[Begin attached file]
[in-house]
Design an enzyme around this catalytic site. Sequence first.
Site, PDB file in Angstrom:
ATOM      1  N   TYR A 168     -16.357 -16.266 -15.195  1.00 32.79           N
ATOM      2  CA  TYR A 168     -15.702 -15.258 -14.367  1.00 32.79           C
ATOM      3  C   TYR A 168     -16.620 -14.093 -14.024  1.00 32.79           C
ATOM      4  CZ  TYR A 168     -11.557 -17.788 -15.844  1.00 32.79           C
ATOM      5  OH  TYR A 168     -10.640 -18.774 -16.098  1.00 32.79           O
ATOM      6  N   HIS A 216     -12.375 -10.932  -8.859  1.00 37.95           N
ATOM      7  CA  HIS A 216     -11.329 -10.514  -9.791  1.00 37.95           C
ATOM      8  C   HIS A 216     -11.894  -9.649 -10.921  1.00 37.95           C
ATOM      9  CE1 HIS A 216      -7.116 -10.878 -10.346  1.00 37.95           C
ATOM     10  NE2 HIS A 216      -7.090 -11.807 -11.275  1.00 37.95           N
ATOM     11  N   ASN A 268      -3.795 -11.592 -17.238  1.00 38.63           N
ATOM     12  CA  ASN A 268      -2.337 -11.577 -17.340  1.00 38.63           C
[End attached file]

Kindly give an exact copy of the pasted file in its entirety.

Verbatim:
[in-house]
Design an enzyme around this catalytic site. Sequence first.
Site, PDB file in Angstrom:
ATOM      1  N   TYR A 168     -16.357 -16.266 -15.195  1.00 32.79           N
ATOM      2  CA  TYR A 168     -15.702 -15.258 -14.367  1.00 32.79           C
ATOM      3  C   TYR A 168     -16.620 -14.093 -14.024  1.00 32.79           C
ATOM      4  CZ  TYR A 168     -11.557 -17.788 -15.844  1.00 32.79           C
ATOM      5  OH  TYR A 168     -10.640 -18.774 -16.098  1.00 32.79           O
ATOM      6  N   HIS A 216     -12.375 -10.932  -8.859  1.00 37.95           N
ATOM      7  CA  HIS A 216     -11.329 -10.514  -9.791  1.00 37.95           C
ATOM      8  C   HIS A 216     -11.894  -9.649 -10.921  1.00 37.95           C
ATOM      9  CE1 HIS A 216      -7.116 -10.878 -10.346  1.00 37.95           C
ATOM     10  NE2 HIS A 216      -7.090 -11.807 -11.275  1.00 37.95           N
ATOM     11  N   ASN A 268      -3.795 -11.592 -17.238  1.00 38.63           N
ATOM     12  CA  ASN A 268      -2.337 -11.577 -17.340  1.00 38.63           C